Customary International Law Adjudication as Common Law Adjudication

Book chapter for CUSTOM’S FUTURE: INTERNATIONAL LAW IN A CHANGING WORLD (Curtis A. Bradley ed., Cambridge University Press, Forthcoming

24 Pages Posted: 5 Feb 2015 Last revised: 11 Feb 2015

Date Written: February 9, 2015

Abstract

The standard view today of customary international law (CIL) is that it arises from the widespread and consistent practice of states followed out of a sense of legal obligation. Although commonly recited, this account is plagued by evidentiary, normative, and conceptual difficulties, and it has been subjected to increasing criticism in recent years. This book chapter suggests that these difficulties stem in part from the effort to formulate one conception of “CIL” that applies across all institutional contexts. This chapter posits a particular account of CIL, considered from the perspective of international adjudication. The application of CIL by an international adjudicator, this chapter suggests, is best understood in terms similar to the judicial development of the common law: that is, as an approach whereby adjudicators look to past practice but necessarily make choices about how to describe it, which baselines to apply in evaluating it, and whether and when to extend or analogize it to new situations. These choices, moreover, are shaped by assessments of state preferences as well as social and moral considerations. Unlike the standard view of CIL, this common law account recognizes a significant element of judgment and creativity in determining the content of CIL. Understanding the adjudication of CIL in this way, the chapter contends, avoids many of the difficulties surrounding the standard view of CIL.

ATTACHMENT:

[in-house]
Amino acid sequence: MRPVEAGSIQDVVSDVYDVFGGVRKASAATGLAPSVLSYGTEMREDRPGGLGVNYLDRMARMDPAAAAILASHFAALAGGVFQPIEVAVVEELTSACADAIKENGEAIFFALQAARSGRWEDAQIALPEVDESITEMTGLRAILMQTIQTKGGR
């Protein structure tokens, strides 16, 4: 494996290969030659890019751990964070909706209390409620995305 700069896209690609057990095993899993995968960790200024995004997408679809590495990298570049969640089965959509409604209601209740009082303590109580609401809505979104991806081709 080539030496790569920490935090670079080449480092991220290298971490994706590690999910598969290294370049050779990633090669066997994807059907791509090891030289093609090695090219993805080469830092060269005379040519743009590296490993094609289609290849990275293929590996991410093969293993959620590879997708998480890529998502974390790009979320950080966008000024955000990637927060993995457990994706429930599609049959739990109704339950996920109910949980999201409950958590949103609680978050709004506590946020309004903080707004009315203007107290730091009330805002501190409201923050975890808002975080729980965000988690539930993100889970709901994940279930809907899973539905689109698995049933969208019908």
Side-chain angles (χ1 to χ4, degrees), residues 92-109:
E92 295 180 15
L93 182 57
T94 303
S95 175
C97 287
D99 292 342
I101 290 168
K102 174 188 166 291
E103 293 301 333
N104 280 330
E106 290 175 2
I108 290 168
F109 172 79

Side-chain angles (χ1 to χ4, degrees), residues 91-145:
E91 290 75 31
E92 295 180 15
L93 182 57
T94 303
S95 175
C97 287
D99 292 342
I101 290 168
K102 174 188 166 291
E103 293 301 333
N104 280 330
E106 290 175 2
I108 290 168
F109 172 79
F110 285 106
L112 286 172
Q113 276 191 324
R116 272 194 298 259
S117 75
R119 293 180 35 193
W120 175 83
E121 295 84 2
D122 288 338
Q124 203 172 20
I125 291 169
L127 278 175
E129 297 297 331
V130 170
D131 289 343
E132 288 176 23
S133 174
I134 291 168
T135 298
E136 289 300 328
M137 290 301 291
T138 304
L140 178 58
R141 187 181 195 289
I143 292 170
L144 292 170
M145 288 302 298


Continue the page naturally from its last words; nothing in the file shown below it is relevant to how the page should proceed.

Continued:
Keywords: customary international law, common law, international adjudication, opinio juris

Suggested Citation

Bradley, Curtis, Customary International Law Adjudication as Common Law Adjudication (February 9, 2015). Book chapter for CUSTOM’S FUTURE: INTERNATIONAL LAW IN A CHANGING WORLD (Curtis A. Bradley ed., Cambridge University Press, Forthcoming . Available at SSRN: https://ssrn.com/abstract=2559190

Curtis Bradley (Contact Author)

Duke University School of Law ( email )

210 Science Drive
Box 90362
Durham, NC 27708
United States

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